Here’s a brief interview with Daniil Trifonov at the Wiener Konzerthaus, before a performance of Rachmaninoff’s Second Piano Concerto with the Vienna Symphony Orchestra under Gianandrea Noseda on November 11th. Eight questions (the Ninth question, how he liked Questionnaires, didn't somehow work as intended, which could, in truth, be said of several of the questions) that we might pose to other artists, should the occasion arise. The transcript is below.
jfl: What do you like best about Vienna, and what least?
Daniil Trifonov: Well, far I’ve had only great experiences in Vienna. There is an amazing cultural life here and it is probably one of the most beautiful cities in this part of the world and I always enjoy it just exploring the surroundings of Vienna.
What is your favorite piece of music that you don’t perform?
[Like lightning] Oh, then it would probably be Scriabin, Poem of Ecstasy. It happens to be one of my favorite works of art since I was a teenager and first listened to this. The harmonic fantasy and flexibility is unbelievable. The colors that Scriabin achieves through his orchestration are something that moves me every time!
If you had to be in professional sports, what sport would that be?
Well, I wouldn’t be in professional sports. Although of course I do sometimes enjoy watching football… I suppose as a kid I was playing football…
When did you first rehearse or ever play ‘Rachmaninoff Two’?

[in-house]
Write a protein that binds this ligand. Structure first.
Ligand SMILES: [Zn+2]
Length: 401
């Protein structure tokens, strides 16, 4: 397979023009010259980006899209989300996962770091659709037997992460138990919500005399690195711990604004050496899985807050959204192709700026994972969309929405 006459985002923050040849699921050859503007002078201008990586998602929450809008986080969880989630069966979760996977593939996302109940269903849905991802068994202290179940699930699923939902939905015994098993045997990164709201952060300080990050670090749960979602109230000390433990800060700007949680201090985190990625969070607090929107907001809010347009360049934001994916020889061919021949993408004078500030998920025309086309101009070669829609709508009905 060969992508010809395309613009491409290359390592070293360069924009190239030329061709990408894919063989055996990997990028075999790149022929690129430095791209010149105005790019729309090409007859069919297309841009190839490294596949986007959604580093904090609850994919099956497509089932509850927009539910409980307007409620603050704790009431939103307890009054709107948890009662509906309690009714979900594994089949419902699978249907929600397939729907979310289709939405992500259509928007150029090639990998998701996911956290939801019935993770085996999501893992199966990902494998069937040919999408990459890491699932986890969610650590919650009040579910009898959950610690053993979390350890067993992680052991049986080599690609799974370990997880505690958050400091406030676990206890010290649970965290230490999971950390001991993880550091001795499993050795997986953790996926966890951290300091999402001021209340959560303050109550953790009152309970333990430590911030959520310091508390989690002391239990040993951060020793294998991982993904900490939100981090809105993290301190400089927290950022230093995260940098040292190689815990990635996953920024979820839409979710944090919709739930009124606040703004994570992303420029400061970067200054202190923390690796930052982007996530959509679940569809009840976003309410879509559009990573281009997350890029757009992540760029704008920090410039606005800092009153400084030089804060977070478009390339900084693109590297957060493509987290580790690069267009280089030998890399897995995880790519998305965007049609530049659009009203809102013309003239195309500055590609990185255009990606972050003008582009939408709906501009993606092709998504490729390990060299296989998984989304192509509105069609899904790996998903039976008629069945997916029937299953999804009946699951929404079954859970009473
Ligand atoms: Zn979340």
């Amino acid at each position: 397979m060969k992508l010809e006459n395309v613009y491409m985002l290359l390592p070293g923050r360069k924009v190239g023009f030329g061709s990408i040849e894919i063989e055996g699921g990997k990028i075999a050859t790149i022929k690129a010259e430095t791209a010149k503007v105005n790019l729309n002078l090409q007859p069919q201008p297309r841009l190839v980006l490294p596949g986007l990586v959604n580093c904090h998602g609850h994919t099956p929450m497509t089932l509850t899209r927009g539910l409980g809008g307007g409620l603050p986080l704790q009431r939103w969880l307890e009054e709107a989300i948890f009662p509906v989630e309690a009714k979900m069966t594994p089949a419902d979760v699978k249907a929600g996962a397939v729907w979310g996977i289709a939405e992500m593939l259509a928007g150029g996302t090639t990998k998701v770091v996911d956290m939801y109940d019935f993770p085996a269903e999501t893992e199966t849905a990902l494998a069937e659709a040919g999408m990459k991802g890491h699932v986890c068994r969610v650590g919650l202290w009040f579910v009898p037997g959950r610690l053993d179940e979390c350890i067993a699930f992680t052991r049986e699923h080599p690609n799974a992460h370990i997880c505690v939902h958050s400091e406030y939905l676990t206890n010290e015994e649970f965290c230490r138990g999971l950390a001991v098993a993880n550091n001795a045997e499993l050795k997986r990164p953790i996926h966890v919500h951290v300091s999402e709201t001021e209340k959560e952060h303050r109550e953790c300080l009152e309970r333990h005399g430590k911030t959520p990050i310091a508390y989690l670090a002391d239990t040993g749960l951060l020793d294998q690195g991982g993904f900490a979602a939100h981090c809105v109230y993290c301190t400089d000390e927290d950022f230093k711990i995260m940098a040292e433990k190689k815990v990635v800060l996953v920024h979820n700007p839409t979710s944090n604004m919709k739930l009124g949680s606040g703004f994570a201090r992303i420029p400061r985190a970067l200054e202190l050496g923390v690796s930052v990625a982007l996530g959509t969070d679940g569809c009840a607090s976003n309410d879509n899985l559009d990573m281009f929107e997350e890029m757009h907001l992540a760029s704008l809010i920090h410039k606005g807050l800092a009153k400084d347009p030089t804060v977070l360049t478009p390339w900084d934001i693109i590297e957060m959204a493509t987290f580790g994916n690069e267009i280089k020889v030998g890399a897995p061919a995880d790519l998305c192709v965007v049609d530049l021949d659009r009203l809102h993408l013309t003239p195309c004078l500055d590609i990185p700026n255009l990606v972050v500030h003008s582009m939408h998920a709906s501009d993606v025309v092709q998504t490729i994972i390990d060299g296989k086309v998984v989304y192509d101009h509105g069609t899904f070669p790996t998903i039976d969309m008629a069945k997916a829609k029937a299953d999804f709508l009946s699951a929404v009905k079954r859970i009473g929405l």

Actually, Rachmaninoff Two, while it’s not a completely recent piece, I’ve played it for the first time maybe two years ago. Quite often this concerto is being learned at a much younger age. But somehow I learned it only two years ago and the first time I’ve played with was with the Philadelphia Orchestra.
Do you have a favorite recording of that work?
Of course Rachmaninoff’s own recording. He did two recordings – and they are actually completely different. If you listen to them one after the other, you wouldn’t believe they are actually by the same pianist. Well, of course it is the same interpreter, but he interprets it completely differently. And even what he writes in the score is vastly different from how he plays it. For instance in the score he might write down “meno mosso”, but in performance he will do “più mosso”. In the score it’s written, let’s say, “crescendo [somethingsomething]” and he just does the opposite, which is very exciting.
Three nouns you associate with the Vienna Symphony Orchestra.
Three words? Hrmpf. Well, it’s the first time I am working with them and I am very much impressed with [the amount of their] participation in the process of the music-making and [how much they put into the performance].
What is your favorite concert venue apart from the Konzerthaus?
My favorite concert venue? [Long pause.] Well, there are great concert halls [around the world.] Let’s say in the United States, you can say Carnegie Hall. In the United Kingdom it is probably Wigmore Hall. In Russia it is the Mariinsky Concert Hall.
Where have you so far felt most comfortable, most at home, playing?
You have to adjust to every type of acoustic. That always means some element of discovery. No one acoustic is completely the equal of another. Even an interpretation can alter one way or the other, depending on the acoustics.
Are you a musician or a pianist?
Well……. I’m also a composer! [He eludes the question with a big grin. He deserves to have gotten away with that. As if to prove the point, he encored one of his own pieces at the subsequent concert.]